Best streaming stick to use while traveling

Video_On_Damand streaming stick

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Which is the best streaming stick to use in a hotel room? Well, I’ve tested and used four. Here’s my review of using each of them while staying at a hotel using the hotel’s Wi-Fi.

 

1. The Quantum Access LAN Windows 10 Fanless Mini PC Stick

Quantum Access Quantum Access LAN Windows® 10 Fanless Mini PC StickThe Quantum Access LAN Windows 10 Fanless Mini PC Stick is Windows 10, 32. It scores high marks as a streaming stick because it stands in a class of its own regarding performance and flexibility in comparison to similar devices on the market. It has all the features of Windows 10, plus a built-in Web Browser to help you log into the hotel Wi-Fi. Because it has a browser, you have access to all streaming media sources available.

If you’re out of the country, you can even run a VPN to watch content from back home. It’s the only type of media stick, which you can plug in a micro SD card, up to 128 GB, loaded with your favorite movies and TV shows for offline viewing. It’s dual purpose too as you can run Office 2016 Power Point and just plug it into your client’s conference room TV to give a presentation or play product videos.  Some at home setup are required, and you need to use a small travel keyboard.

 

Pros:

  • It is very flexible.
  • Windows 10
  • You can watch all available streaming media content using a web browser.
  • Easy to log in to all Hotel Wi-Fi using a real Web Browser.
  • Can run a VPN.
  • It will play PowerPoint presentations.
  • Has USB and Ethernet ports.
  • Excellent US-based customer support.
  • You can plug in a USB Flash drive to play content.
  • It supports Bluetooth devices.

 

Cons:

  • Compared to other media sticks, it’s expensive.
  • You need to purchase the keyboard and remote separate.
  • It does not work with TV USB power.

Recommended Accessories:

 

 

2. The Amazon Fire Stick

Amazon Fire StickThe Amazon Fire Stick is the next best streaming stick to use while traveling. It’s Android-based and has a built-in Web Viewer (not as powerful as a web browser), which enables you to login to most hotel Wi-Fi hotspots. It comes with an RF/Bluetooth remote and you can side-load other Android apps not found in the Amazon App Store. I enjoyed using it on a two-week road test. It’s nice being able to talk to the remote control when searching for content to watch. One annoyance I had with this device was that it kept disconnecting from Wi-Fi if the internet was a bit slow.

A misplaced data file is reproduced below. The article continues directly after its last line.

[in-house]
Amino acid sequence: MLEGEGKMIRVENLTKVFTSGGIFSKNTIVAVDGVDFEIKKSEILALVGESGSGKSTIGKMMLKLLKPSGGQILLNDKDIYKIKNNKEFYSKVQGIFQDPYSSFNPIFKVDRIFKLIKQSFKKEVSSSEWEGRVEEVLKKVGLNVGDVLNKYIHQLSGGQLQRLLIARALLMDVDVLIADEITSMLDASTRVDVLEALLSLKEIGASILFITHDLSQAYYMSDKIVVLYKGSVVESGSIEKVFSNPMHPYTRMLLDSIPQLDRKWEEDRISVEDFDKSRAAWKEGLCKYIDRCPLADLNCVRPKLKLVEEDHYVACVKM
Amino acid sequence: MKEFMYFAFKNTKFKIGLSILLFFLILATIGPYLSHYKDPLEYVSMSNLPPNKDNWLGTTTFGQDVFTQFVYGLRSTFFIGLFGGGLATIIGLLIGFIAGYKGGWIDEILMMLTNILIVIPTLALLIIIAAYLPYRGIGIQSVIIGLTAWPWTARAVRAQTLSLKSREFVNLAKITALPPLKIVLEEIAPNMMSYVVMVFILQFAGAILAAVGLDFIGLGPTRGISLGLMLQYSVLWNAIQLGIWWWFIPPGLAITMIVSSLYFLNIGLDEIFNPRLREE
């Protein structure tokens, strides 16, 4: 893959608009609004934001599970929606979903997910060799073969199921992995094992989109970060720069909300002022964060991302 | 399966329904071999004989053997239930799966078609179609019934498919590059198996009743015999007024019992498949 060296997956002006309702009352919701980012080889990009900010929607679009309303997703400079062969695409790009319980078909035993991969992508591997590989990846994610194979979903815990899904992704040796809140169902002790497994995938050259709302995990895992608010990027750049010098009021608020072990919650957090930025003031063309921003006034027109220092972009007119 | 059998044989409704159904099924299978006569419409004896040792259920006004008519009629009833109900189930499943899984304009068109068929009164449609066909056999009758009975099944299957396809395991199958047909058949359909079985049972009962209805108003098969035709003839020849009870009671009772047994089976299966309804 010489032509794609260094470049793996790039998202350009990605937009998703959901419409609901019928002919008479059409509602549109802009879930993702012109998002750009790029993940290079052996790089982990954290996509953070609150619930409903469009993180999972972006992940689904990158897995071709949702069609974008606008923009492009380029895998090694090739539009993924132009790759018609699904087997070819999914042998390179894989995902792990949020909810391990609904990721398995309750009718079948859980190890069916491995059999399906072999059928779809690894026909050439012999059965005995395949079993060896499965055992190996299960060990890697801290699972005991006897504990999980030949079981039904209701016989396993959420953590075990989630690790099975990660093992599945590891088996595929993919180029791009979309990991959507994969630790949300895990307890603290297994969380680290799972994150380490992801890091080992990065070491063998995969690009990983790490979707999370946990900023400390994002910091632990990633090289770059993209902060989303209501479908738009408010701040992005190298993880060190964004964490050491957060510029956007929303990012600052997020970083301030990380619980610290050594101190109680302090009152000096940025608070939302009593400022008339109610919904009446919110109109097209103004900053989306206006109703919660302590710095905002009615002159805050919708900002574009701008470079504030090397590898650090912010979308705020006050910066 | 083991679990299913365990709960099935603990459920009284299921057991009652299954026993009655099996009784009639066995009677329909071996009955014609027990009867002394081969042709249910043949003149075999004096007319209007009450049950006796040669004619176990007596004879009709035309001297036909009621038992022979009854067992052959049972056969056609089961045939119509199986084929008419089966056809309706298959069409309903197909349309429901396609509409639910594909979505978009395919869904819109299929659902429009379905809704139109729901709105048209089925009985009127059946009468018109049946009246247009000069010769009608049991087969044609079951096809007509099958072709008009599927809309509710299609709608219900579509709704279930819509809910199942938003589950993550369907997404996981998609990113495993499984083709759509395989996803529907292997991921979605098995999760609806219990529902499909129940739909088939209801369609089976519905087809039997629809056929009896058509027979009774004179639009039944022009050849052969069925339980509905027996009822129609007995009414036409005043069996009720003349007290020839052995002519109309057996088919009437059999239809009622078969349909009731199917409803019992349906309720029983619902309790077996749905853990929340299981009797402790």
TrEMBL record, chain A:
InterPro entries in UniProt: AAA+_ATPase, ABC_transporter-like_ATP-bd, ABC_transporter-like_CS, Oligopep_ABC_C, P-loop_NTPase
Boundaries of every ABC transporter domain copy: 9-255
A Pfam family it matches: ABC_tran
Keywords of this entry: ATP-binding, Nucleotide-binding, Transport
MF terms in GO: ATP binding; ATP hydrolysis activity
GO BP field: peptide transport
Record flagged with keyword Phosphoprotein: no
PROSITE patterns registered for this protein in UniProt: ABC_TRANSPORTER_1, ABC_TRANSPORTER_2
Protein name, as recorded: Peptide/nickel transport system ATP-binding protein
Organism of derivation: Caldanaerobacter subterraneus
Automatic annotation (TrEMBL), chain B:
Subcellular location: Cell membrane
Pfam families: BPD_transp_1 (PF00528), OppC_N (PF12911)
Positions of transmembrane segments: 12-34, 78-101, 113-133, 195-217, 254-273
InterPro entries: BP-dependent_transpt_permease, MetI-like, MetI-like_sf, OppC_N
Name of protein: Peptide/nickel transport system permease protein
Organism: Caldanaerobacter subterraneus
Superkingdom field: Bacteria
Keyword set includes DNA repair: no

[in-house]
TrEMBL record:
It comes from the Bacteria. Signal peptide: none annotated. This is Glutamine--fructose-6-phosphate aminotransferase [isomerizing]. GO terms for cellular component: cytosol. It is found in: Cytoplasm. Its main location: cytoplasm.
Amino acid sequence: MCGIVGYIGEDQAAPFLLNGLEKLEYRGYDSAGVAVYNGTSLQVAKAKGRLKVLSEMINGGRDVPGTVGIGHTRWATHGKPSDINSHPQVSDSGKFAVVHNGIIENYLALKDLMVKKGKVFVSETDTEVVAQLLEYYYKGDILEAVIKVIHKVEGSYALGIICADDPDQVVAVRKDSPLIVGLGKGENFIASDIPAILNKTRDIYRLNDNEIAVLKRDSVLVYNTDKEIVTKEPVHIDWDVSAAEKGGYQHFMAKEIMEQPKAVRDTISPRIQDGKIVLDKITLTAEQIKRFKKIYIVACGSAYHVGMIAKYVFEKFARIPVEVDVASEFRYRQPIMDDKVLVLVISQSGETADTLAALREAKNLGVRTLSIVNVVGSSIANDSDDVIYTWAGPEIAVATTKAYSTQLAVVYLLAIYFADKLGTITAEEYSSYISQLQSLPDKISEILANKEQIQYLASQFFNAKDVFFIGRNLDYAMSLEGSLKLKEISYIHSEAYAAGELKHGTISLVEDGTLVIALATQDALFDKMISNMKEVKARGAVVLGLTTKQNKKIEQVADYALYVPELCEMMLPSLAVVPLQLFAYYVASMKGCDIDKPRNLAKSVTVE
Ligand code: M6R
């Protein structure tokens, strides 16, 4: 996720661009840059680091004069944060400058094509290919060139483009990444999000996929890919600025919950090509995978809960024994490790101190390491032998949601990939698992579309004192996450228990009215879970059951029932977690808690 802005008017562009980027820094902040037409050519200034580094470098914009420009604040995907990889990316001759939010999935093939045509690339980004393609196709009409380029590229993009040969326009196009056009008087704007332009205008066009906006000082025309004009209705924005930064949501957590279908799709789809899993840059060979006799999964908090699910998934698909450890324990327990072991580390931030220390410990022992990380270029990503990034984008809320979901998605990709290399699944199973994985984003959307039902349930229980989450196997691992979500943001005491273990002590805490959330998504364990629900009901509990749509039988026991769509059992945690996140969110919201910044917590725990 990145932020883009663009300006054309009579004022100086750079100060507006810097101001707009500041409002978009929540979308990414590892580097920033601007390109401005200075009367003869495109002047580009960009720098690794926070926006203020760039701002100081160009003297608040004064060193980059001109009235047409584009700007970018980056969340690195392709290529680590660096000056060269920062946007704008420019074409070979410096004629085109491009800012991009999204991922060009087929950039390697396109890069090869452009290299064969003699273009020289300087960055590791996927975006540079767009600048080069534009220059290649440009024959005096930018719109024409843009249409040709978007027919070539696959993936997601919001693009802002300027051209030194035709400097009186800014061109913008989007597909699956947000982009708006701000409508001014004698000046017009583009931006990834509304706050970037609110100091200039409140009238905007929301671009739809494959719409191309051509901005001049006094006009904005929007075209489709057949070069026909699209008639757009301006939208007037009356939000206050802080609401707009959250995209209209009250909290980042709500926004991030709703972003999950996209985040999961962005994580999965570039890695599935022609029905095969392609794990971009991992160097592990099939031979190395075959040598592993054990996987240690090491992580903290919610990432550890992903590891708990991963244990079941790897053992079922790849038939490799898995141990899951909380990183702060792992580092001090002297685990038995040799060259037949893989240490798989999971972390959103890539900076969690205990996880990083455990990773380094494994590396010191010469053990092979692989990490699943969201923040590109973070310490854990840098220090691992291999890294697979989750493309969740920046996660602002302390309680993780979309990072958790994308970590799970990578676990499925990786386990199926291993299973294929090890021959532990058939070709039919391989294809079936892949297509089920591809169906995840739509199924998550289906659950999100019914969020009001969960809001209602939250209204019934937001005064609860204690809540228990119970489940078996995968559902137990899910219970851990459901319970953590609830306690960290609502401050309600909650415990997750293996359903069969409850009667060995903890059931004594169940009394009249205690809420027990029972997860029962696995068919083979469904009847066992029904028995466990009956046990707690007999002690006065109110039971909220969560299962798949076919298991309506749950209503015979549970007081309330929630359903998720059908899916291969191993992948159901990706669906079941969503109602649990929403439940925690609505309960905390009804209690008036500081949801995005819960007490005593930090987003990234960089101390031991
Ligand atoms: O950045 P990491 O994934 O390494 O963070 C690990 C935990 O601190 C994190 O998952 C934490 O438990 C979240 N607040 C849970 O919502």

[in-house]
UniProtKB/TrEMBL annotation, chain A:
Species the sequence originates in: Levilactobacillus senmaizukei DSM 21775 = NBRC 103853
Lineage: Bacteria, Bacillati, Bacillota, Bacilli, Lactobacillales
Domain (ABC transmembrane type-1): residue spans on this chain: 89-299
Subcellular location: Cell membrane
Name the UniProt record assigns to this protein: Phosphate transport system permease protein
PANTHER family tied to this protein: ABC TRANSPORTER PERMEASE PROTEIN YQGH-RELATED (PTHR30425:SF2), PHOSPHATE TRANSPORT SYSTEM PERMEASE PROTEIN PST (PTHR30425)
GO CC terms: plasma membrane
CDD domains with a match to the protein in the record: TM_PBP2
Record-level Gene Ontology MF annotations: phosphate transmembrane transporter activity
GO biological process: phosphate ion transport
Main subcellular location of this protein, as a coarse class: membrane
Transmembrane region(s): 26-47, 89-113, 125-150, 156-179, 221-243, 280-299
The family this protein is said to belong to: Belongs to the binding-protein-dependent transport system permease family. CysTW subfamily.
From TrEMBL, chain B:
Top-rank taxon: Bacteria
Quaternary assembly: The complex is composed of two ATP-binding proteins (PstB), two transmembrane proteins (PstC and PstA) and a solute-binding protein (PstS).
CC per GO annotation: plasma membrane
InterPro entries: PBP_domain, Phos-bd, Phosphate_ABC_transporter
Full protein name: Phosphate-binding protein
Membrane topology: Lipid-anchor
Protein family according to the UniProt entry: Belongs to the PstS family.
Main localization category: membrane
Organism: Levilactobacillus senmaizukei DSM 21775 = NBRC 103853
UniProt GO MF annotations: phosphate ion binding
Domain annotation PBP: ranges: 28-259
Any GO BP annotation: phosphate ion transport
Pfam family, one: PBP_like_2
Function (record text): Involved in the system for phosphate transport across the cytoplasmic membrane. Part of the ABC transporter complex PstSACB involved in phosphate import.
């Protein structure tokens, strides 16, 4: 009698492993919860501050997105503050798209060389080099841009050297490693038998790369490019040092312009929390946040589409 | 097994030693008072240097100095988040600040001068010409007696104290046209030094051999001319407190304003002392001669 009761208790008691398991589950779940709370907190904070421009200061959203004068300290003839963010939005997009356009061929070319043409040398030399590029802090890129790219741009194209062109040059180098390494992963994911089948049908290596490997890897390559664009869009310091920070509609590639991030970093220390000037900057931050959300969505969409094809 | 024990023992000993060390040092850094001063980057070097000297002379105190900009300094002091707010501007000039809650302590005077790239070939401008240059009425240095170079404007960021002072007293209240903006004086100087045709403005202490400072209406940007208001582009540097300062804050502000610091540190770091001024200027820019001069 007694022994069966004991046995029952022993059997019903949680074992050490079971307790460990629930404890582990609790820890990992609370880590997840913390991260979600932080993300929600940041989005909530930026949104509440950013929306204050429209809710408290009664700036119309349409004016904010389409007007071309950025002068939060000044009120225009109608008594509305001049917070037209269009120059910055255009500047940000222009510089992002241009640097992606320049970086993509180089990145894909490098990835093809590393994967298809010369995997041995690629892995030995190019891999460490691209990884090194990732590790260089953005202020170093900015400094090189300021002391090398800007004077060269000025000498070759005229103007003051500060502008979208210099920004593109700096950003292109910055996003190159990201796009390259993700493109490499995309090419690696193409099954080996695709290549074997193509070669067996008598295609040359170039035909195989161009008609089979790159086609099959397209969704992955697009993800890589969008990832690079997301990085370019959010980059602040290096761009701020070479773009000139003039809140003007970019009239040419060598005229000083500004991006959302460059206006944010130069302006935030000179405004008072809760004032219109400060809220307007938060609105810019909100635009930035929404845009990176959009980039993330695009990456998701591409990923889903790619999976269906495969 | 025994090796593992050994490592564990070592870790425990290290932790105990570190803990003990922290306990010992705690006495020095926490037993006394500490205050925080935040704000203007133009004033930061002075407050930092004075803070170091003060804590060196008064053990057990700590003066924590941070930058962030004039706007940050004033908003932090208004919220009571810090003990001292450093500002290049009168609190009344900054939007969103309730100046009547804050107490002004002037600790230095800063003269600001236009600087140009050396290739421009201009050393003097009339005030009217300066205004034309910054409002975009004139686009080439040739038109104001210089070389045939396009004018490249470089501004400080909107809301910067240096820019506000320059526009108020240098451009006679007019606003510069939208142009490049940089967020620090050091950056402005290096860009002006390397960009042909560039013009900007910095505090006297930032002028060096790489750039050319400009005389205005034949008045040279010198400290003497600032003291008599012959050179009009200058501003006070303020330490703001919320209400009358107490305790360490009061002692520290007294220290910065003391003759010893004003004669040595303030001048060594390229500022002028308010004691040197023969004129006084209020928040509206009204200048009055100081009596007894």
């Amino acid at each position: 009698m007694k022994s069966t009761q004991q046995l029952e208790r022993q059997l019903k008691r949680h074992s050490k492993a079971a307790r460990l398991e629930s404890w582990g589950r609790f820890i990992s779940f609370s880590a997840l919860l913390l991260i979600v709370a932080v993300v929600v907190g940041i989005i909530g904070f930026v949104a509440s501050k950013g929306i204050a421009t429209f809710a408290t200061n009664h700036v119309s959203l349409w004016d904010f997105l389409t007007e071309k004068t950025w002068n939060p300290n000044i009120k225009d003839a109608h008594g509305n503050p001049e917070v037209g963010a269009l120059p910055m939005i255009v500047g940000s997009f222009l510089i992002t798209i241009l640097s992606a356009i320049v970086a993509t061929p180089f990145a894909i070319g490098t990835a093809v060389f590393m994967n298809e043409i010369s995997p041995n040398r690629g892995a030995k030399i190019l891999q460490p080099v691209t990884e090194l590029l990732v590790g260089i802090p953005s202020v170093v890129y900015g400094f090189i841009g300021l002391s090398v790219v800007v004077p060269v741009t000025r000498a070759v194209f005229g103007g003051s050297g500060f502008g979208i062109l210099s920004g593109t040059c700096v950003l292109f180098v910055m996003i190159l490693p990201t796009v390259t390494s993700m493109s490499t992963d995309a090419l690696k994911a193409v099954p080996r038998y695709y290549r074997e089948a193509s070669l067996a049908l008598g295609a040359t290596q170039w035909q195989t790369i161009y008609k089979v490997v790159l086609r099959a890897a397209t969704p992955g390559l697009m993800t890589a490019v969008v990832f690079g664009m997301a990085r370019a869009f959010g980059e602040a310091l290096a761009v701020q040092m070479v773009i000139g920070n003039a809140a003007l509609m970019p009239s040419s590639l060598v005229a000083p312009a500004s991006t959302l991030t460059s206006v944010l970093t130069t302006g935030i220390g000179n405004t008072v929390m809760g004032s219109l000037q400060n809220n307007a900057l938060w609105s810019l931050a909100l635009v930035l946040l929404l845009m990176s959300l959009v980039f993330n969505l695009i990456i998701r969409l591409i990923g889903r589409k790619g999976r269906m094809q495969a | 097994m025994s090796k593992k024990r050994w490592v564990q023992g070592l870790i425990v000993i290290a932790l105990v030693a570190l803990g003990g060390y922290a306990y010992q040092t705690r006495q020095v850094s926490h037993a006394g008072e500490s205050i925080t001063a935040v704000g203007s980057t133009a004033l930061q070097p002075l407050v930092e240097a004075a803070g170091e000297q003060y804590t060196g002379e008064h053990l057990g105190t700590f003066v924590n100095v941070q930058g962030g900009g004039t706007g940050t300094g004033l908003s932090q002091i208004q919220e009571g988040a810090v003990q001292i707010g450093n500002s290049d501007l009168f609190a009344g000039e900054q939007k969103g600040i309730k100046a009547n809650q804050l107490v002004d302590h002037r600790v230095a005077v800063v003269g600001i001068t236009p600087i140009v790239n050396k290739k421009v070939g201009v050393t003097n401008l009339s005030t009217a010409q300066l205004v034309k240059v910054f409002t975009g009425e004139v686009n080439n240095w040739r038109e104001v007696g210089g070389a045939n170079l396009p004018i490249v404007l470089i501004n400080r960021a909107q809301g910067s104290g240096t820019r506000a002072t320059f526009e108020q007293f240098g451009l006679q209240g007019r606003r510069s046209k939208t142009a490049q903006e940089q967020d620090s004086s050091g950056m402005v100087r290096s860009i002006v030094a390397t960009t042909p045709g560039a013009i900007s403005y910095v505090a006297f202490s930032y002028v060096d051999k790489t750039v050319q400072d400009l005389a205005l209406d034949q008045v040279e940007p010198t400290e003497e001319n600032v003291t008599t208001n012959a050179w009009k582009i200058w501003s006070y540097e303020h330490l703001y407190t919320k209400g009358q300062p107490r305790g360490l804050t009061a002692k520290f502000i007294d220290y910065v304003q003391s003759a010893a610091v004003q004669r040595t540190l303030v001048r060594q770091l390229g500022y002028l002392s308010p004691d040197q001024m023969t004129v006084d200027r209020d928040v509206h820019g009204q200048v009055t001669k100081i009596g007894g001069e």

Pros:

  • Can be powered from TV USB power.
  • With the built-in Web Viewer, you can log into most hotel Wi-Fi hotspots.
  • It’s tiny and lightweight and comes with its own remote.
  • You can side-load other Android apps not found in the Amazon app store.
  • It’s inexpensive, starting at around US$39.
  • It can support a Bluetooth keyboard and mouse, and you can speak into the remote for searches and commands.

 

Cons:

  • It’s Amazon-centric! And with it being Amazon-centric, you need an Amazon Prime account to play content without paying a fee.
  • Services such as Netflix and Hulu are considered apps in the device and are a little hard to find in the menu system.
  • No on/off switch on the remote, so you need to take out the batteries while traveling.
  • It keeps disconnecting from a Wi-Fi signal – if the internet is a bit slow.

 

 

3. Google Chromecast Streaming Stick

Google Chromecast Streaming Stick

The Google Chromecast comes in at number three on my list of streaming sticks. What puts the Google Chromecast third on my list is that it needs a direct connection to the internet, but doesn’t have a built-in web browser or viewer to log into hotel Wi-Fi. Although there are solutions to this problem, such as the one I wrote about in a previous article, it does have benefits. The main advantage is you use your phone as the remote, and if you have an Android phone with Lollipop or Marshmallow, or you run the Chrome Browser on your laptop, you can mirror your device allowing you to play any content available on the web. At US$35, the Chromecast is the cheapest of all four streaming sticks I’ve reviewed while traveling.  Again, you can power it from the TV’s USB port.